InRetrospect: September Blogging Edition

Here’s a roundup of some September selections in the Library blogosphere. In the Muse: Performing Arts Blog New Dance Collections in the Performing Arts Encyclopedia (PAE) Presentations on Bronislava Nijinska and the Ballet Russes de Serge Diaghilev are now featured in the PAE.  The Signal: Digital Preservation Yes, the Library of Congress Has Video Games: […] Three-Week Check-Up

(The following is a guest post from the Library’s Director of Communications, Gayle Osterberg.) In its first three weeks of life (still a newborn!) has attracted almost 45,000 visitors and is approaching a quarter million page views, as people find time to explore the new site and some of its features. It has been […]

A Letter Home

For some Union soldiers, their exposure to southern slavery profoundly altered their views on the institution, even before President Lincoln issued his preliminary Emancipation Proclamation in September 1862. One such soldier, John P. Jones, wrote to his wife of his increasing sympathy for abolitionism after seeing the inhumanity with which slaves could be treated. He […]

A Grief Like No Other

Fatalities during the Civil War were not limited to the battlefield, as both first families discovered. Both the Lincolns and the Davises lost young sons within a couple of years from each other. The Davises lost 5-year-old Joseph in 1864 when he fell to his death from their porch in Richmond, Va. According to one […]

Page from the Past: A Wartime Mimeograph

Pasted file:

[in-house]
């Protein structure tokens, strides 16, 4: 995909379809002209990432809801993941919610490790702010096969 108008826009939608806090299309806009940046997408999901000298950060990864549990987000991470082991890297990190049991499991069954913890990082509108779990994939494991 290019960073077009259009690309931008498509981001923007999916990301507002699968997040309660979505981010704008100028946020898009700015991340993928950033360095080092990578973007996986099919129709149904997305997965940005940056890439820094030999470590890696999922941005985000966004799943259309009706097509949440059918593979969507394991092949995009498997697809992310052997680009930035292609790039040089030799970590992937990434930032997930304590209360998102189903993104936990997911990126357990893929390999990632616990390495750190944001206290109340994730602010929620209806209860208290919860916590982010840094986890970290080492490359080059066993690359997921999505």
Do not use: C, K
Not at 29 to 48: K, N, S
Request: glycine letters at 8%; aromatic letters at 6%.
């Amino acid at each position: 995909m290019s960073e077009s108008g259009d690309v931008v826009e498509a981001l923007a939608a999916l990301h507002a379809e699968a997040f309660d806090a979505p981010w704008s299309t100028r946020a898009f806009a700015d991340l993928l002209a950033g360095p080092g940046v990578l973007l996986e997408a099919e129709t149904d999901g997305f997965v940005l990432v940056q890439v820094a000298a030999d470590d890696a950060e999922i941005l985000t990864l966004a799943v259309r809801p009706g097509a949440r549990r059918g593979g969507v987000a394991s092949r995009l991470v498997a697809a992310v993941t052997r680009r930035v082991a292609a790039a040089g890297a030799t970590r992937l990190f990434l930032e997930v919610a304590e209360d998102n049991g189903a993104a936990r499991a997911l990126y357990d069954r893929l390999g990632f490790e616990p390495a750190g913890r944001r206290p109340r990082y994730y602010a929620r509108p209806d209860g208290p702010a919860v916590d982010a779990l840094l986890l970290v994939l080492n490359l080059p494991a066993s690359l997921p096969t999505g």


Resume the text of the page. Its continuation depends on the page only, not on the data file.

(The following is an article from the September-October 2012 issue of the Library’s new magazine, LCM, highlighting a “page from the past” of the publication’s humble beginnings.) With the debut of its new magazine, the Library bids a fond farewell to its predecessor, the Library of Congress Information Bulletin, which began publication 70 years ago. […]

The Bull Run of the West

“Better, sir, far better, that the blood of every man, woman, and child within the limits of the state should flow, than that she should defy the federal government,” swore Union Gen. Nathaniel Lyon to Missouri governor and Confederate sympathizer Claiborne Fox Jackson during negotiations to prevent the state from joining the Confederacy. His next […]

A Book (Festival) With a Happy Ending

The 2012 Library of Congress National Book Festival closed up shop Sunday evening – leaving more than 200,000 delighted book-lovers thrilled to have heard from and met their favorite authors, stoked up with new titles to read, and exhilarated by two days of gorgeous fall weather there on the National Mall. One couple even got […]

A Piñata of Awesomeness

(The following is a guest post from the Library’s Director of Communications, Gayle Osterberg.) It’s been a big week for the Library of Congress, as we’ve launched two exciting new resources to serve our many and varied audiences in the years ahead, and are rolling into our biggest event of the year on the National […]

NBF … This Just In …

Author Bob Woodward will join the lineup for the Library of Congress National Book Festival, speaking at 2:45 p.m. on Sunday, Sept. 23 in the History & Biography Pavilion about his new book “The Price of Politics.” More about the two-day, free-and-open-to-the-public National Book Festival at   .